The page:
According to filings with the state of Michigan, General Motors (GM) is set to initiate layoffs affecting just over 1,300 workers across two Michigan plants early next year. The larger layoff, involving 945 employees at GM’s Orion Assembly plant responsible for producing Chevrolet Bolts, is scheduled to commence on January 1. However, the company has slated the final production date at the Orion plant for the week of December 18.
GM had previously announced plans in October to transition the Orion plant to electric vehicle production by 2025, delaying the original target of 2024 to safeguard profit margins. During this transition, GM assured that employees at the Orion plant would be provided with “other opportunities in Michigan.”
Additionally, GM will be laying off 369 more workers at its Lansing Grand River Assembly/Stamping plant starting on January 2. This decision stems from the company’s choice to cease the production of the Chevrolet Camaro, which is manufactured at the Lansing facility. GM stated that it anticipates offering job opportunities to all affected team members in accordance with the UAW-GM National Agreement.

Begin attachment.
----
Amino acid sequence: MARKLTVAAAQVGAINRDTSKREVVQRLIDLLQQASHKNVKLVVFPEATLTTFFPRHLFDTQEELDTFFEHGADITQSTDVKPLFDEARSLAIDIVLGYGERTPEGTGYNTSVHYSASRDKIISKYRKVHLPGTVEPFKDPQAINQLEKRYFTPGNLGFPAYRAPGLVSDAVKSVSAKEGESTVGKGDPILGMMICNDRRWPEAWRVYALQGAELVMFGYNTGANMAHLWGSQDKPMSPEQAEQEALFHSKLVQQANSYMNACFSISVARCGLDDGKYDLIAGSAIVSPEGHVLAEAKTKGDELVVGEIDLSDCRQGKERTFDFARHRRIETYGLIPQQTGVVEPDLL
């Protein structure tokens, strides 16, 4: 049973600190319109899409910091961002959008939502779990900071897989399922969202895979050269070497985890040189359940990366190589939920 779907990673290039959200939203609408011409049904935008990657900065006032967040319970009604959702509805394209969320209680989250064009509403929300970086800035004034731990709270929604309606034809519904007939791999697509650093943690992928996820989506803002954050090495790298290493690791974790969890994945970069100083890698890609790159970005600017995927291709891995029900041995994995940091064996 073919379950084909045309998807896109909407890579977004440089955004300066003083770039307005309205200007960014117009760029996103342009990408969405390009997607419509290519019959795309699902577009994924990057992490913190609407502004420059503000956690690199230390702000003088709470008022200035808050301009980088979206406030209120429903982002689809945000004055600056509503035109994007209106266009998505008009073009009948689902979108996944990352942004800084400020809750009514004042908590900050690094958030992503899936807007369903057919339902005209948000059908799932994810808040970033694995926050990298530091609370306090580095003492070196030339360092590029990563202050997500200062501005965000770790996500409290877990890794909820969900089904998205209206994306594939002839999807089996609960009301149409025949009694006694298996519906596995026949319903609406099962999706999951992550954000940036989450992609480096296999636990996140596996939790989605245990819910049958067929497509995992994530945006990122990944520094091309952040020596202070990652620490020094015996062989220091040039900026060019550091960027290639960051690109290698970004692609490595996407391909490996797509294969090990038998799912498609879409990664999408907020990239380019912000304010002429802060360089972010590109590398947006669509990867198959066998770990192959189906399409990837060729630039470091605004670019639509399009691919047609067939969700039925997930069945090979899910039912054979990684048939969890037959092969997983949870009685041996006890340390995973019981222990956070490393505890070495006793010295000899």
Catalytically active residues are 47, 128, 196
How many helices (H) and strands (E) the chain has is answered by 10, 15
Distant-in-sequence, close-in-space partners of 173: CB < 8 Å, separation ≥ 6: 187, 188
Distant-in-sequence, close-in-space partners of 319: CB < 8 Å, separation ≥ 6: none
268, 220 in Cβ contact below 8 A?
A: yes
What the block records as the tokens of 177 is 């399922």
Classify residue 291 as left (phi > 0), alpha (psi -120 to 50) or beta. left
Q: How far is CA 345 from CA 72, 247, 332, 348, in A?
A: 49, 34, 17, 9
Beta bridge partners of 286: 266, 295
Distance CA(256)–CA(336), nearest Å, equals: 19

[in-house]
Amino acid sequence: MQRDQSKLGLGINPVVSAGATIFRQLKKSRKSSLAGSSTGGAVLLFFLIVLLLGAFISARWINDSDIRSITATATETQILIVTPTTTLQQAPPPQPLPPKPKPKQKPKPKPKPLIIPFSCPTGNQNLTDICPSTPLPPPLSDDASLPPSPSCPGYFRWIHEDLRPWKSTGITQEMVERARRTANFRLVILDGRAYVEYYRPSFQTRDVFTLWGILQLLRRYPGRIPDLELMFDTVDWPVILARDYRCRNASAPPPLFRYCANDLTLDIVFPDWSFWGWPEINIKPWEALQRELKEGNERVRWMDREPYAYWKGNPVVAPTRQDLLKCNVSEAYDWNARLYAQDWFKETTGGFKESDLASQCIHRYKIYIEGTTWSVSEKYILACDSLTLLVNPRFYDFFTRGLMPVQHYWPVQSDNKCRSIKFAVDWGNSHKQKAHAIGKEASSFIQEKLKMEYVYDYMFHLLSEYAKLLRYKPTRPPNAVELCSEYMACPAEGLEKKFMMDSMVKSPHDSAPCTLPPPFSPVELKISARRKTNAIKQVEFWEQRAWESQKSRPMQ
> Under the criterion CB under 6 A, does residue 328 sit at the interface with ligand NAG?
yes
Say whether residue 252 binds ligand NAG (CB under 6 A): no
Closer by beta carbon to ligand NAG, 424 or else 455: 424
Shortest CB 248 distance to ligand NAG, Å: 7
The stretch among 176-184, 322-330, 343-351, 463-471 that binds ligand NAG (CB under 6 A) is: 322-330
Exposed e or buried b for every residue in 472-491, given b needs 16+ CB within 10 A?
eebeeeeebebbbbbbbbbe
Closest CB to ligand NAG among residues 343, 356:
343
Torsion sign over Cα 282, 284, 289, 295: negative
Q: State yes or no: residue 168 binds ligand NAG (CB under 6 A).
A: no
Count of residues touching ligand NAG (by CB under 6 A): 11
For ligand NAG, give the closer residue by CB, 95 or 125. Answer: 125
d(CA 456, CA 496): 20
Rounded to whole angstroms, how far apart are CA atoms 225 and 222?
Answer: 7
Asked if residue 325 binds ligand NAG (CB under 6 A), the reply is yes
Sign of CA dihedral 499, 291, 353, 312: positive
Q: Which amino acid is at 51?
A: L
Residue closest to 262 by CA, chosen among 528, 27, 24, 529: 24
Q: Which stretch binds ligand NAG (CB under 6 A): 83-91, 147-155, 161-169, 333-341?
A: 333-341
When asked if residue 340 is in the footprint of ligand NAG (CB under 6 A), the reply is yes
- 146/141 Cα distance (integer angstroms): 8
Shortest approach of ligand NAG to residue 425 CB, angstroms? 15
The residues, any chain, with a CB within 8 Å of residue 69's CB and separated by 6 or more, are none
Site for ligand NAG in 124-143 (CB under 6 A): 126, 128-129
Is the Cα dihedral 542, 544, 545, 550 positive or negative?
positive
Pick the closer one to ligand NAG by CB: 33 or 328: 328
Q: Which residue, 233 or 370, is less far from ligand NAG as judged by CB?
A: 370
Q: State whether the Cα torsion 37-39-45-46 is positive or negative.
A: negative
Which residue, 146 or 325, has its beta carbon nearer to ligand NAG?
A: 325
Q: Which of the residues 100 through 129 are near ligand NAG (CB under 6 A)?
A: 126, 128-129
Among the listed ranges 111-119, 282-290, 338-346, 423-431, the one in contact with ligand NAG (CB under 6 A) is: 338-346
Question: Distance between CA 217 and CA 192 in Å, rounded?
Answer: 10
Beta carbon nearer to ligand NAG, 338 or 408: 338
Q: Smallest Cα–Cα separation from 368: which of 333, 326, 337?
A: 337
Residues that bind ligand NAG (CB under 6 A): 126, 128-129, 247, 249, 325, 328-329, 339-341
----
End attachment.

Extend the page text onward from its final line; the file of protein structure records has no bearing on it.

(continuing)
Regarding the decision to halt Camaro production, Brad Franz, director of Chevrolet car and crossover marketing, explained that it resulted from an assessment of the company’s “portfolio offerings for progress toward our EV future and sales demand.” Although no immediate successor for the Camaro was announced, Franz emphasized that performance remains a crucial aspect of Chevrolet’s identity.
In a related development, GM’s self-driving unit, Cruise, disclosed in an internal memo obtained by CNBC on December 14, that it is implementing a workforce reduction of 900 employees, constituting 24% of its total workforce. This decision comes in the aftermath of safety concerns, leading to Cruise temporarily suspending its operations. GM expressed support for Cruise’s employment decisions, characterizing them as part of a more deliberate approach focused on safety as a top priority.